Viagra improves insulin sensitivity in patients with prediabetes

By John Murphy, MDLinx
Published November 19, 2015

Key Takeaways

A three-month course of sildenafil, marketed as Viagra® and other brand names, improved insulin sensitivity in people with prediabetes, according to a study published online November 18, 2015, in the Journal of Clinical Endocrinology & Metabolism. The drug also improved fibrinolytic balance and decreased urinary albumin excretion.

“We need additional strategies to help slow the progression from prediabetes to diabetes,” said co-senior author Nancy J. Brown, MD, of Vanderbilt University School of Medicine in Nashville, TN. “Weight loss and exercise regimens can be difficult to maintain, and some current medications have been limited by concerns about adverse effects. Sildenafil and related drugs could offer a potential avenue for addressing the rising number of diabetes diagnoses.”

Scientists know that cyclic GMP (cGMP) increases insulin sensitivity. But the enzyme phosphodiesterase 5 (PED5) breaks down cGMP. Sildenafil, however, inhibits PED5. The researchers speculated that treating patients at risk for diabetes with sildenafil could increase levels of cGMP, and thus increase insulin sensitivity. Other drugs to increase levels of cGMP in the body also are in development.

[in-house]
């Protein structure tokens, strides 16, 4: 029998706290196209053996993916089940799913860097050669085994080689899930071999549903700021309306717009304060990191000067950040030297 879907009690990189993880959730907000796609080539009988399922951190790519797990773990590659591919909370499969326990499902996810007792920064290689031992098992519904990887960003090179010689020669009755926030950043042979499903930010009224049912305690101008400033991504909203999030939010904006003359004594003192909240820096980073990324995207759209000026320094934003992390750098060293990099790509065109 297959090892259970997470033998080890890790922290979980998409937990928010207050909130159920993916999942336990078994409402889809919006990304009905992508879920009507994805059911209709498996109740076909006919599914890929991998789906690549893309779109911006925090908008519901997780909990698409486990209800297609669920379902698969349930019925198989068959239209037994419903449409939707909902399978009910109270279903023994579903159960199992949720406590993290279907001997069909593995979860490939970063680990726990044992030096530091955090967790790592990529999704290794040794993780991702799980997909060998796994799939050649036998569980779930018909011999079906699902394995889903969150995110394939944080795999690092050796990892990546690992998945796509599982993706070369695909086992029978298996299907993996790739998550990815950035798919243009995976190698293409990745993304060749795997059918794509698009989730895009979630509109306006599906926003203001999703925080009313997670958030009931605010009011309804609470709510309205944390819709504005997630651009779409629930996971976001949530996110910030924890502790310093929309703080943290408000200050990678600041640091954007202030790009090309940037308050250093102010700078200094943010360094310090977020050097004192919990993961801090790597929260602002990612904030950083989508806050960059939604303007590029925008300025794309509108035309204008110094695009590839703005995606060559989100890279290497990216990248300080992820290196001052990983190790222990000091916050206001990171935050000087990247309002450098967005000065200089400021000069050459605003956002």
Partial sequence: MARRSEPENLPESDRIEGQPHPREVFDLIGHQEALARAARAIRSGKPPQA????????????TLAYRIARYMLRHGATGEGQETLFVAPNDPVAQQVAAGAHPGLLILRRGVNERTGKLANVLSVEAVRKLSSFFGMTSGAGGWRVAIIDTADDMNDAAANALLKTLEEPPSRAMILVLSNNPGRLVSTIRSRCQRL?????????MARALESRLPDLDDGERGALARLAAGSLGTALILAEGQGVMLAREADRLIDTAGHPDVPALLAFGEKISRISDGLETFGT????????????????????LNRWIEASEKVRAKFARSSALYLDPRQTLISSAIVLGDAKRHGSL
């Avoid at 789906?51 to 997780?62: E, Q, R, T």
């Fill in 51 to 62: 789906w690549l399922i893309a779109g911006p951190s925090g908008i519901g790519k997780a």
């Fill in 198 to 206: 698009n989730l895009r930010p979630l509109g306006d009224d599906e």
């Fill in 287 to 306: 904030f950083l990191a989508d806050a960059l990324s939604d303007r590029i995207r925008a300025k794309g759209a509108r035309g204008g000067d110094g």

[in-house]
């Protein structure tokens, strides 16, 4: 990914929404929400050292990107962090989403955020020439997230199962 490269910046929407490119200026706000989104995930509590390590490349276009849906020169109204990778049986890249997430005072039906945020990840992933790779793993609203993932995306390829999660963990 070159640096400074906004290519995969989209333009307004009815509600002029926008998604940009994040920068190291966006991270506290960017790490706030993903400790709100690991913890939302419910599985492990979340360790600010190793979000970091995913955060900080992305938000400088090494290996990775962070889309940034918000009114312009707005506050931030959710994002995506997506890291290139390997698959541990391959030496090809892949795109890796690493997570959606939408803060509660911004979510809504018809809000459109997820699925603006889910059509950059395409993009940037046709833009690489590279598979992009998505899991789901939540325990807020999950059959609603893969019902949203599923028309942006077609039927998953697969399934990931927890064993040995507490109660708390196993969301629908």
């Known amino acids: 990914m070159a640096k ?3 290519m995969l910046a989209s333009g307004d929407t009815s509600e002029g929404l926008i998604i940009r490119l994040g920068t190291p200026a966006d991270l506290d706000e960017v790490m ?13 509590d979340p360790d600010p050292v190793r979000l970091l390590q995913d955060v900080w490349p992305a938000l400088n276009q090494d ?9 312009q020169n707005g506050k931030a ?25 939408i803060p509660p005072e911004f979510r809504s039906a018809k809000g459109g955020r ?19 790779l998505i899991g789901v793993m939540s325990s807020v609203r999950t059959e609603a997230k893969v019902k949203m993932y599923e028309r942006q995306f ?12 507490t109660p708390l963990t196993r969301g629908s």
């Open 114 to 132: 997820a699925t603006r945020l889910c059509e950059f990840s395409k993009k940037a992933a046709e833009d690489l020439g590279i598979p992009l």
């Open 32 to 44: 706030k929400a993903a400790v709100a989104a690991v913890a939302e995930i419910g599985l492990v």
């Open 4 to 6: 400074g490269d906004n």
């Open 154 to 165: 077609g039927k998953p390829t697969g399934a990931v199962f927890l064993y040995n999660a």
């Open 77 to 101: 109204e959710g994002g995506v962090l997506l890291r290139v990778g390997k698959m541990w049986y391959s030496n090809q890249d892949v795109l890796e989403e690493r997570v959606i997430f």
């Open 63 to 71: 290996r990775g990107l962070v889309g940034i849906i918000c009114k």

In this study, Dr. Brown and colleagues randomized 51 overweight individuals with prediabetes to either sildenafil treatment (25 mg three times a day) or matching placebo for 3 months. Study participants underwent a hyperglycemic clamp prior to and at the end of treatment to assess glucose-stimulated insulin secretion and estimate insulin sensitivity. Urine samples were also collected to measure albumin and creatinine.

Among the 42 participants who completed the study, those treated with sildenafil had higher levels of insulin sensitivity than those who took placebo. Participants in the sildenafil group also had lower levels of urinary albumin, which indicated a lower risk for kidney and heart disease.

“Because existing drug therapies to prevent type 2 diabetes can have negative effects on the heart or be of limited use in patients with kidney disease, strategies to prevent diabetes without adversely affecting the risk of kidney and heart disease could have a large impact on public health,” Dr. Brown said. “Further studies will be needed to determine whether long-term treatment with drugs like sildenafil can prevent the onset of diabetes in high-risk patients.”

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